Often abbreviated to “SJTs”, a Situational Judgement Test is a type of psychological test which measures an individual’s behaviour and attitudes to work-related scenarios. It also assess how they approach situations encountered in the workplace.
These scenarios are reflective of a real-life aspect of a job. They require a candidate to judge which is the most effective course of action to take if faced with the situation from the possible actions suggested.
What does a Situational Judgement Test measure?
As the name suggests, an SJT isn’t usually knowledge based at all. It’s about the candidate applying their experience to make a judgement call. Situational Judgement Tests measure the skills and behaviours of individuals in work-related situations such as their soft-skills, common sense, non-academic behaviours and practical intelligence.
With SJTs, recruiters can measure the following dimensions:
Decision making: in all jobs, employees are forced to take decisions. Sometimes, it can be difficult decisions, often under time pressure and/or stress. Employers need to know that the people they hire are competent enough to make good decisions in all situations.
Problem solving: ability to accurately assess a problem and effectively arrive at an effective solution: solve problems, find solutions or identify creative ideas. Employers are looking for analytical skills, critical thinking.
Interpersonal skills: ability to get on with other people and work with them efficiently is considered as a key competency. Most jobs require employees to work in a team and/or have interactions with other people.
Organisation skills: ability to organise the work depending on certain constraints (time, results, objectives, money, resources).
Example Situational Judgement Test question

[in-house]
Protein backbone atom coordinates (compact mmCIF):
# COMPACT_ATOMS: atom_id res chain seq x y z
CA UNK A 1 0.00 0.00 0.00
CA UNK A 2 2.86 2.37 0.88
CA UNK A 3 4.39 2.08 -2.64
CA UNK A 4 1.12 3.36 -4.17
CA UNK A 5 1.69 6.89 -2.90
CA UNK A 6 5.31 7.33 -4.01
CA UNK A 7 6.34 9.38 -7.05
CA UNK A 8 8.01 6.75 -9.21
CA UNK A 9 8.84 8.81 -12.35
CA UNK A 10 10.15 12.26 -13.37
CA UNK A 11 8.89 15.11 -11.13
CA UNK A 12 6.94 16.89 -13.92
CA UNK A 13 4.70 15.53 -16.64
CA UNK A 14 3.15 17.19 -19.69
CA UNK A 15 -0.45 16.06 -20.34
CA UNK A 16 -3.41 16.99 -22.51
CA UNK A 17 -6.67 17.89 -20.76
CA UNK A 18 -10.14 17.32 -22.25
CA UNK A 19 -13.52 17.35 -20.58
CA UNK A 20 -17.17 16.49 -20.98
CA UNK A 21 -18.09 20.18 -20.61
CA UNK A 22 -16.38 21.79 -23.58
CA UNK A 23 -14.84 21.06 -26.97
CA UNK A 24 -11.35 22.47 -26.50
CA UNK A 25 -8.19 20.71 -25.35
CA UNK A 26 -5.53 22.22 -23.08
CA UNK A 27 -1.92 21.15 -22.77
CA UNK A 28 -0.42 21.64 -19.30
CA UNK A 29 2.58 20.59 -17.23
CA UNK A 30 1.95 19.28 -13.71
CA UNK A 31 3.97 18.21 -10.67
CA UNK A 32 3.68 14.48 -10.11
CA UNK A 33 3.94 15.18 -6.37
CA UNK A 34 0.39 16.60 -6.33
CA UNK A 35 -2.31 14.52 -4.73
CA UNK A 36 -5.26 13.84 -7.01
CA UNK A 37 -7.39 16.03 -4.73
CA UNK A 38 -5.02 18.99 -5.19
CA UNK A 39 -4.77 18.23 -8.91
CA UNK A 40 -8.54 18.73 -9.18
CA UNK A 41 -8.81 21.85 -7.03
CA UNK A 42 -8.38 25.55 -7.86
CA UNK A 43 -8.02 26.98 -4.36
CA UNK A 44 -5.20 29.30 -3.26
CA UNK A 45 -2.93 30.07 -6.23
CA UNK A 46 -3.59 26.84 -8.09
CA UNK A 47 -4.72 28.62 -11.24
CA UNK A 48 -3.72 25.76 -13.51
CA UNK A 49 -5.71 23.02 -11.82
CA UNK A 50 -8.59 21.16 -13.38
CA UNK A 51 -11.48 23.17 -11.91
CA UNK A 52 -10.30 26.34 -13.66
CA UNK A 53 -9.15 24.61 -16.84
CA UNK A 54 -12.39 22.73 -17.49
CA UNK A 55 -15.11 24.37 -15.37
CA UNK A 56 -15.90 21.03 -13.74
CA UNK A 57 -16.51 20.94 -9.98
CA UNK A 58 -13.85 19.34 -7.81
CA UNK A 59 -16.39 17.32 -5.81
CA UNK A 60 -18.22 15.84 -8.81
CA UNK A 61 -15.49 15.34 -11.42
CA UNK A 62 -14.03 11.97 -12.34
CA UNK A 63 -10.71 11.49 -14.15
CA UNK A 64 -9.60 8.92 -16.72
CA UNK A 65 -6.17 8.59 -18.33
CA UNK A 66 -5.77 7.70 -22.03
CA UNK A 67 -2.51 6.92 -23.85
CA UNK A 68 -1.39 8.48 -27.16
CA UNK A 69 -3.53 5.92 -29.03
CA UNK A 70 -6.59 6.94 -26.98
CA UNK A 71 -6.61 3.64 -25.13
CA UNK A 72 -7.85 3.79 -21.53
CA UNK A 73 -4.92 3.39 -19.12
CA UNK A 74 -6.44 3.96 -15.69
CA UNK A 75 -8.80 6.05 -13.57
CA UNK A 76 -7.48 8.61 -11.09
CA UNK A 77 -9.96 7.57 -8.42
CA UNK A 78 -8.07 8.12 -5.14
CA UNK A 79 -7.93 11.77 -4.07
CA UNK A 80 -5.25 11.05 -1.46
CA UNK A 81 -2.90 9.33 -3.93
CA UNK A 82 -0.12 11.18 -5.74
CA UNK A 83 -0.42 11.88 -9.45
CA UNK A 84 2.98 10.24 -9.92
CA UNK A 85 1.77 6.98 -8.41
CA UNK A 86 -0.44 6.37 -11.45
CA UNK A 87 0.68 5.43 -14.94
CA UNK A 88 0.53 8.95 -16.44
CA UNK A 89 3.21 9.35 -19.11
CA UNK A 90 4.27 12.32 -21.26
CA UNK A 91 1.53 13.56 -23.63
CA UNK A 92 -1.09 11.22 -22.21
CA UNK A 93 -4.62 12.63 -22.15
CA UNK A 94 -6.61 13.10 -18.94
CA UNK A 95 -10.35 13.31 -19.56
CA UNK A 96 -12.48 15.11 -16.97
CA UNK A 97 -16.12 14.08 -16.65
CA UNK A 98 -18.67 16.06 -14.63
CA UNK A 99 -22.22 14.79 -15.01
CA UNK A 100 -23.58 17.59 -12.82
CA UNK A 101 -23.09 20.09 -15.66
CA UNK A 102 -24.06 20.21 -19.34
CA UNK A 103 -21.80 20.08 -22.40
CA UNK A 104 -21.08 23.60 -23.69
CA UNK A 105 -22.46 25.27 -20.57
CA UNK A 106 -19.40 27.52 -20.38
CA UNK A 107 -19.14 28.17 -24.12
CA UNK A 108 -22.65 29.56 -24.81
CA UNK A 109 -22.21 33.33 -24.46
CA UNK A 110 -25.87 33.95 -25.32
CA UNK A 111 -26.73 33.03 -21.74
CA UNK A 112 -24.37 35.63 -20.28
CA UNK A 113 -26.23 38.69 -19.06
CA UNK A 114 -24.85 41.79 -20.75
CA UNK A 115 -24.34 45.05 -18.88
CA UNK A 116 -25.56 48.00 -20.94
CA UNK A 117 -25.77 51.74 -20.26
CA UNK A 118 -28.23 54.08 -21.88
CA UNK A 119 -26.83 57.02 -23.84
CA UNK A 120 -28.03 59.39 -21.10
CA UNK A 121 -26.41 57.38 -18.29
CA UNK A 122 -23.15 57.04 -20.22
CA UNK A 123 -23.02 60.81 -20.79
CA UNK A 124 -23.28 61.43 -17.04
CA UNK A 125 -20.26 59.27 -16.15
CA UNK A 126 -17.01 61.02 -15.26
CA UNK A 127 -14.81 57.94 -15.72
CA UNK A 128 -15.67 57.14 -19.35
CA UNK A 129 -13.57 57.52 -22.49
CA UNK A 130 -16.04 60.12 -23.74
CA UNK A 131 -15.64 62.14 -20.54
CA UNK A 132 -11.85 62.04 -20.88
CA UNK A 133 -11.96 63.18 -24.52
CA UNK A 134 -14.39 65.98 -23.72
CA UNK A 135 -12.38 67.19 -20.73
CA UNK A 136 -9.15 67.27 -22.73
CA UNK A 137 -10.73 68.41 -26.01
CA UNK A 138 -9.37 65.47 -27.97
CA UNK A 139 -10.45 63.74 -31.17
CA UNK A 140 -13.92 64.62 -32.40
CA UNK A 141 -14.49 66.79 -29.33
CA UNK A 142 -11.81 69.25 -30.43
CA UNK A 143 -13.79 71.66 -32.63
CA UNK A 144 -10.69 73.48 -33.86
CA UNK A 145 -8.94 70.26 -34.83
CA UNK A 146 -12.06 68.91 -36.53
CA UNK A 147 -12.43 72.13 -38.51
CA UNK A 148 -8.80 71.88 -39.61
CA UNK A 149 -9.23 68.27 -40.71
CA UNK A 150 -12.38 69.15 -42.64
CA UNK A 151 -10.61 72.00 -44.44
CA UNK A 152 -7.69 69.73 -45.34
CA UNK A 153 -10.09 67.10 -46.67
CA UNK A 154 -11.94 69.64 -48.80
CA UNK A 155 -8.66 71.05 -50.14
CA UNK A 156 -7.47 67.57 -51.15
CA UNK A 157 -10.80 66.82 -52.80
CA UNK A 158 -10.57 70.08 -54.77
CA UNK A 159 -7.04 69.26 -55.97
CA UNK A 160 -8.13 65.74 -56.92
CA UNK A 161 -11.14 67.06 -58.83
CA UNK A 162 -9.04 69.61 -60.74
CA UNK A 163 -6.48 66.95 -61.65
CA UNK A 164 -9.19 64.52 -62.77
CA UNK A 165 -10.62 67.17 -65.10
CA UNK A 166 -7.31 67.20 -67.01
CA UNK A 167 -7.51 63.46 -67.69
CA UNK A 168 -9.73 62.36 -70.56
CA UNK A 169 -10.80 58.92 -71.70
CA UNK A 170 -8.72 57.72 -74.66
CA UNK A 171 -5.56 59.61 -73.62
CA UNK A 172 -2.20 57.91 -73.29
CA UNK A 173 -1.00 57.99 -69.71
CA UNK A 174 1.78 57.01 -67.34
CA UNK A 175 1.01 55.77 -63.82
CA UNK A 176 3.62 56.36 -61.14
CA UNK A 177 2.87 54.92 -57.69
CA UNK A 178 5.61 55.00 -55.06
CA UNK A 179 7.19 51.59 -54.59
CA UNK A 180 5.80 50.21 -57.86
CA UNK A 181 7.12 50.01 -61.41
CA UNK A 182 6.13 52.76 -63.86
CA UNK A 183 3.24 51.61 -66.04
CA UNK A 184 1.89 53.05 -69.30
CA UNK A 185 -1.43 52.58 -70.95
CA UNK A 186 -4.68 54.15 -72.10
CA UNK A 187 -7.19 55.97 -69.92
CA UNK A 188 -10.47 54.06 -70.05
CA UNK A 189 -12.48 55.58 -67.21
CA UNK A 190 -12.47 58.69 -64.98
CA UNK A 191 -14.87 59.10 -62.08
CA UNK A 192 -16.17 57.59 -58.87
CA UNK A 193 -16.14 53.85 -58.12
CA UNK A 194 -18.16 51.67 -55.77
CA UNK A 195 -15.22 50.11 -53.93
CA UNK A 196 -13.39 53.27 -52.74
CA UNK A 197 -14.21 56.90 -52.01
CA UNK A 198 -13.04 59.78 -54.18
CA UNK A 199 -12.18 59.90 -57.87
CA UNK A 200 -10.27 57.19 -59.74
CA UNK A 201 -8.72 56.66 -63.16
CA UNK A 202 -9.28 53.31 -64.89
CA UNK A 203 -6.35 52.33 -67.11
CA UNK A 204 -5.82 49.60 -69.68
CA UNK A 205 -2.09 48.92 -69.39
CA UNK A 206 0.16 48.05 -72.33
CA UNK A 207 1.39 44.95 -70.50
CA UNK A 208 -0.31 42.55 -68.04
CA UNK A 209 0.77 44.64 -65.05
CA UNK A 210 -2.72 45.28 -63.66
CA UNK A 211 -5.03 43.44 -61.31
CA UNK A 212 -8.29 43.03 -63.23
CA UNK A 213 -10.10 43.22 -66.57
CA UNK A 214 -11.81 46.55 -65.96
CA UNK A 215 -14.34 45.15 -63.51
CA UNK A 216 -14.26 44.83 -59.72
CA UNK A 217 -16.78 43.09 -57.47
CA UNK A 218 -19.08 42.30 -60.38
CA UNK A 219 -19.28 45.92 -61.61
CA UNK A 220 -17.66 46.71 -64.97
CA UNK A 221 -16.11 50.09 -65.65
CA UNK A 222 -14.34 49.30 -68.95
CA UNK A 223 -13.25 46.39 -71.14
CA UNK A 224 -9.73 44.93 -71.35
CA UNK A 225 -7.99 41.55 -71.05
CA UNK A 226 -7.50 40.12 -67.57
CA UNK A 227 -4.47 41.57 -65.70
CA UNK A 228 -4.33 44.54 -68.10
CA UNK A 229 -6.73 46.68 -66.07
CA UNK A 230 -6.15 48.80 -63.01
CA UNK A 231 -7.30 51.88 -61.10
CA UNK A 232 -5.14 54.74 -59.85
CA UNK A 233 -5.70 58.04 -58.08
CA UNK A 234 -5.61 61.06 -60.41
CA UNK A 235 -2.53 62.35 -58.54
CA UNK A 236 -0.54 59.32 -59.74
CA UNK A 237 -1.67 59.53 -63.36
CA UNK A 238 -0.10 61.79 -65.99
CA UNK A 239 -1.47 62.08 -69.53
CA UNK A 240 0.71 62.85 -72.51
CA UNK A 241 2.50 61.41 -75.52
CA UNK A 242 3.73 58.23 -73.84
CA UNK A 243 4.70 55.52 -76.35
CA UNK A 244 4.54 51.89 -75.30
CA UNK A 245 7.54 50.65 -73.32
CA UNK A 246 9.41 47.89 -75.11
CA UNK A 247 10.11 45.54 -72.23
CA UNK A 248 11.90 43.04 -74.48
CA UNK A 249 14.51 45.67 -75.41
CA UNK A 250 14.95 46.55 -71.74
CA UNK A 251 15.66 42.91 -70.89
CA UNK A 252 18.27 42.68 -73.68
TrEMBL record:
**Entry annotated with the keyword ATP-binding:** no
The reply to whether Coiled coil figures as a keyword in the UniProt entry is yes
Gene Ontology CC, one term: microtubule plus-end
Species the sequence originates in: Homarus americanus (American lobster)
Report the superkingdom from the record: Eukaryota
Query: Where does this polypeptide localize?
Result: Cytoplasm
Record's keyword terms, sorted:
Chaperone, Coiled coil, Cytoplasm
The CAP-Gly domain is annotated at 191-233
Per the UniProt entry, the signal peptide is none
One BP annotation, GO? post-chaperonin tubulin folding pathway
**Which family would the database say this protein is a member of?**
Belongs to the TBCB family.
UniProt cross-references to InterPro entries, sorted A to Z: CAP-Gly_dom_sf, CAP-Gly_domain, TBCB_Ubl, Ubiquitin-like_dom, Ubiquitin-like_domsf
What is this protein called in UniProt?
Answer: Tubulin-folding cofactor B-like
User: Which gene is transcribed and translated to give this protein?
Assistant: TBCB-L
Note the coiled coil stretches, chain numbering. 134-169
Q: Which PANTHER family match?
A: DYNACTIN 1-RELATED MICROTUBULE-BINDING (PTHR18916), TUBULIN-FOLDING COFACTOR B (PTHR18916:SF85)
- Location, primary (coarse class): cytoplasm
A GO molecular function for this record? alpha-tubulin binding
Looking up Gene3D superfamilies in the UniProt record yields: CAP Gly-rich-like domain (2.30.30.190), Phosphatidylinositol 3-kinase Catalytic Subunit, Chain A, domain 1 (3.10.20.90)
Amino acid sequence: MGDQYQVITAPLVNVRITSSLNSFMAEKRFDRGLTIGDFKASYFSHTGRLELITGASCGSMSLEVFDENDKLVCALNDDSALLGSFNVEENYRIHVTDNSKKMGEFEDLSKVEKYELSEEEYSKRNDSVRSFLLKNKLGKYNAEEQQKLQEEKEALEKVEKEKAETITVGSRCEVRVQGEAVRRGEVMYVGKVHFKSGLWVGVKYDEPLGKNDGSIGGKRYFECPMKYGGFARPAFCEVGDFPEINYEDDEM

You have just had your monthly review. Your line manager has praised you for your work and you feel happy with the outcome of the review. You are also delighted that they have not noticed that you are still unable to use one of the IT applications required for your role. Up until now, you have been able to ask a colleague to do this for you. You know that this must improve but you only have another six weeks in this placement. What action would you take?
- Be delighted for the praise & agree with the positive feedback from your manager. After the meeting, arrange with your colleague to give you the training you need so that you will be able to complete all aspects of the role efficiently.
- Recognise that you are using up other people’s time & being dishonest with yourself and your line manager. Set aside time for self-development to build these skills.
- Focus on your line manager’s praise & plan to avoid future roles where the areas you are less capable might be exposed.
- Tell your line manager that you are grateful for the praise but you feel as though you need more training on the IT systems.
What are the benefits of a Situational Judgement Test
Sift out 50 – 70% of applicants by utilising a Situational Judgement Test as a recruitment selection tool.
By using real life work scenarios gives you a better understanding of how the candidate might operate in the work place and you can gain an insight into their behavioural tendencies.
This is an especially good selection method for those with little or no work experience such as Graduates as they provide an effective measure of their potential work performance and ethics.
- The candidate’s “opinion” on specific scenarios
- Evidence of the candidate’s decision patterns
- The candidate’s thought process and approach to solve problems
Why do firms use Situational Judgement Testing in recruitment?
For employers, this style of testing is a very cost-effective way to select the potential strong performers from a large group of candidates. This gives you a quick “snapshot” of an individual’s potential working performance and ethic so you can quickly filter out those deemed unsuitable..
Lots of employers use situational judgement tests during their recruitment process, particularly at Graduate level. They are particularly common if an employer has a high volume of candidates applying for a position or if they recruit for that position on a regular basis.
For further information
If you’re an HR or Recruitment professional looking to improve your company’s recruitment selection process, contact us on +44 (0)203 693 2201 or email us.